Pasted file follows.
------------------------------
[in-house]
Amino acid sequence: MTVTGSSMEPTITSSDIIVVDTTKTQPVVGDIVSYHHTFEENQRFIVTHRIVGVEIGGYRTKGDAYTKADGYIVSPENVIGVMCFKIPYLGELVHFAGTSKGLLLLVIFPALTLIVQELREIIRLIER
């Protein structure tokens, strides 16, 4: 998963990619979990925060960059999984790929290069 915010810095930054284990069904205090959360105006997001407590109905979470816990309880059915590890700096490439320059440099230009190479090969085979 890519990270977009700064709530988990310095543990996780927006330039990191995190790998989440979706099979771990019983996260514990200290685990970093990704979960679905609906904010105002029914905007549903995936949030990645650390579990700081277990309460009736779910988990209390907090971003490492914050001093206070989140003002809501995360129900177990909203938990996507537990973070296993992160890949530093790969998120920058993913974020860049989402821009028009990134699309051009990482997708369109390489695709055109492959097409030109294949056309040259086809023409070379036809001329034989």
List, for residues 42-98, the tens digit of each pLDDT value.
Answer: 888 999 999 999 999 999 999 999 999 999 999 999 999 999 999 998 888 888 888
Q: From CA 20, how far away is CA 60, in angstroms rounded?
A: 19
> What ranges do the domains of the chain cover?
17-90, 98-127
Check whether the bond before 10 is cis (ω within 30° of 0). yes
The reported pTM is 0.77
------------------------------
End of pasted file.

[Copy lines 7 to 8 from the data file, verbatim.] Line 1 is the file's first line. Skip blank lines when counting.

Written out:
A: 19
> What ranges do the domains of the chain cover?